Further, it is not clear that the force majeure clause is applicable in this instance as a matter of law. Defendant argues that the government’s modification of the BPCI program triggered the force majeure clause because its reliance on the BPCI program was a fundamental tenet of the Lease Agreement, and that, in essence, its duty to pay rent was conditioned on its revenue. Defendant contends that its reliance on the BPCI program was made known to Plaintiff during the due diligence period preceding the execution of a prior contract between the Parties, the Asset Purchase Agreement (the “APA”), whereby the Wellington facility and an unbuilt facility in Jupiter, Florida were sold by Defendant to Plaintiff. As evidence of Plaintiff’s knowledge of Defendant’s reliance on the BPCI program, Defendant offers the business plan excerpt, which was produced for Plaintiff prior to execution of either the APA or Lease Agreement.
I decline to consider the proposed extrinsic evidence put forth by Defendant. When a contract provision is clear and unambiguous, as are the rent provisions in the Lease Agreement, the court may not consider extrinsic or parol evidence to change the plain meaning set forth in the contract. Acquisition Corp. of Am. v. Fed. Deposit Ins. Corp., 760 F. Supp. 1558, 1561 (S.D. Fla. 1991). Exclusion of parol evidence in the interpretation of the Lease Agreement is further justified by the contract’s integration clause, which states that the Lease Agreement contains the entire agreement between the Parties. (FN1)
Defendant also argues that summary judgment is inappropriate on Plaintiff’s claim for appointment of a receiver on the basis that any receiver’s lack of proper nursing facility
license would prevent the operation of the facility and result in a crisis of patient care. The Parties do not dispute that a license is required to operate NuVista Living at Wellington Green, Fla. Stat. § 400.062, nor do they dispute that a license may be transferred under the statute. Fla. Stat. § 408.807. Because of the length of time involved in license transferal, however, Defendant argues that a receiver appointed by the court will not be able to operate the facility under Defendant’s license without first obtaining a separate license for itself. Defendant contends that pursuant to the Parties’ Operations Transfer Agreement—the subject of Plaintiff’s Motions to Enforce Settlements—the Parties have prepared a transition plan, and that Defendant, as the only recognized licensee, must retain operational control of the facility during the transition in order to avoid a lapse in licensed operation of the facility.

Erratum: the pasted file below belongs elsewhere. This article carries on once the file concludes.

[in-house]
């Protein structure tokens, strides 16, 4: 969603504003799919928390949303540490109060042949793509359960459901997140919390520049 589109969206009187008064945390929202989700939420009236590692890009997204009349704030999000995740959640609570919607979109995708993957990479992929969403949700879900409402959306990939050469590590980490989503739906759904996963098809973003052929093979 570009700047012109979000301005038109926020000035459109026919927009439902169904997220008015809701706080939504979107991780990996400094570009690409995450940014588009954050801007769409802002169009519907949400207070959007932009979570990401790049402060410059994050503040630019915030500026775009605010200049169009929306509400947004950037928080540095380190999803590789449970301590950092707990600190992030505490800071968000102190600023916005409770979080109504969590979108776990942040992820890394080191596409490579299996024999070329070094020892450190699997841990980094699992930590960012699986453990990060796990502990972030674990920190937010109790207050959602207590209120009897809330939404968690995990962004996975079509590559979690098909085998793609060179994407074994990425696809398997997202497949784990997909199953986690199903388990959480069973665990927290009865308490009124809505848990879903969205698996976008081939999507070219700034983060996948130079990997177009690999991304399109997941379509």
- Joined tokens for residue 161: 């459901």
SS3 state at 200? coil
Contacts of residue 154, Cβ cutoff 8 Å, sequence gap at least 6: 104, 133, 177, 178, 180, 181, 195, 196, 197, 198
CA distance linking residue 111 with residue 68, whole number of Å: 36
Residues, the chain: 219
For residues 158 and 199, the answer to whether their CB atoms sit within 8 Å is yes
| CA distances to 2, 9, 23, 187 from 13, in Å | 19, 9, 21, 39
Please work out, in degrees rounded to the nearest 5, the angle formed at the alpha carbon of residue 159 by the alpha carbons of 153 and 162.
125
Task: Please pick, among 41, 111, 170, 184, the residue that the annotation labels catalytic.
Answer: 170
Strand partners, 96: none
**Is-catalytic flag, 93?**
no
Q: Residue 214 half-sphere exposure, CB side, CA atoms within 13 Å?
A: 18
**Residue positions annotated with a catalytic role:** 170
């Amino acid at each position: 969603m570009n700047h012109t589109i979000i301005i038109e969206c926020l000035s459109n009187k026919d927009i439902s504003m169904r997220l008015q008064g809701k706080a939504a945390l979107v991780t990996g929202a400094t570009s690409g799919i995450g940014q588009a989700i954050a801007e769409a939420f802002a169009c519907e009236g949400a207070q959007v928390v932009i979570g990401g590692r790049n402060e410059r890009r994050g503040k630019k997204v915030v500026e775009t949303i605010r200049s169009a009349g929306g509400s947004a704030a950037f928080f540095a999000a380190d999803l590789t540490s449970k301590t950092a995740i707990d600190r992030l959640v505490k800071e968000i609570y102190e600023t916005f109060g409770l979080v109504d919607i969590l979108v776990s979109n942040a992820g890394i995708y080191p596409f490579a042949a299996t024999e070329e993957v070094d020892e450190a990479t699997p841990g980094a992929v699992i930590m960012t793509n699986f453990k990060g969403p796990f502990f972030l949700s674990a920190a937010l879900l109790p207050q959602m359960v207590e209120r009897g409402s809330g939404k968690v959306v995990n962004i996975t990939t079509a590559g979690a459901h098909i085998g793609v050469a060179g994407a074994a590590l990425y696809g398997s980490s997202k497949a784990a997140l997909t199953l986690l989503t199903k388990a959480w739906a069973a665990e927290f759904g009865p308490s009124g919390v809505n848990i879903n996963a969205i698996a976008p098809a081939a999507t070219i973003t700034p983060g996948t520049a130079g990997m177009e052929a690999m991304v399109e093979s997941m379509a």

The health, safety, and welfare of the patients in the nursing home are of the utmost importance to the Parties and to this Court, but I do not find that Defendant’s concerns regarding licensure are sufficient to defeat summary judgment. Without the ability to avail itself of the force majeuere clause, as analyzed above, there is no dispute of material fact as to Defendant’s claim for breach of contract. A district court’s appointment of a receiver is “an extraordinary equitable remedy.” United States v. Bradley, 644 F.3d 1213, 1310 (11th Cir. 2011) (quoting 13 Moore’s Federal Practice, § 66.04[a] (3d ed. 2010)). As an equitable remedy, appointment of a receiver is within the discretion of the district court. Nat’l P’ship Inv. Corp. v. Nat’l Hous. Dev. Corp., 153 F.3d 1289, 1292 (11th Cir. 1998). Opposition to a possible remedy, however well-intentioned, is not sufficient to defeat a motion for summary judgment. In order to fashion a remedy that vindicates Plaintiff’s prevailing claim for breach of contract while avoiding harm to the patients and residents of NuVista Living at Wellington Green, the Parties shall convene before the Court for a hearing on damages and remedies.
For the reasons stated herein, it is ORDERED AND ADJUDGED as follows:
1. Plaintiff’s Motion for Summary Judgment (DE 21) is GRANTED as to Defendant’s liability for breach of contract.
2. The calendar call scheduled for February 13, 2019 at 1:15 p.m. is CANCELLED. The trial set for the two-week period beginning February 19, 2019 is CANCELLED.
3. The Parties are ORDERED to appear before the Court for a hearing regarding damages and remedies. The hearing is hereby SCHEDULED on Friday, February 15 at 2:00 p.m. in Courtroom 7 on the second floor of the United States District Court at 701 Clematis Street, in West Palm Beach, Florida.
4. Final Judgement will be entered by separate order following the scheduled hearing.
Slip Copy, 2019 WL 4694146
FN1: Additionally, I doubt this extrinsic evidence would change the result. The Lease Agreement itself does not condition payment of rent on Defendant’s revenue, whether derived from
government reimbursement programs or otherwise. Force majeure clauses generally operate as catch-all provisions, not as substantive terms. If a certain contractual provision is of critical importance to a contracting party—as Defendant contends regarding protection from policy-driven revenue fluctuations—it is incumbent on that party to draft the contract in such a way that the contract unambiguously reflects the desired provision.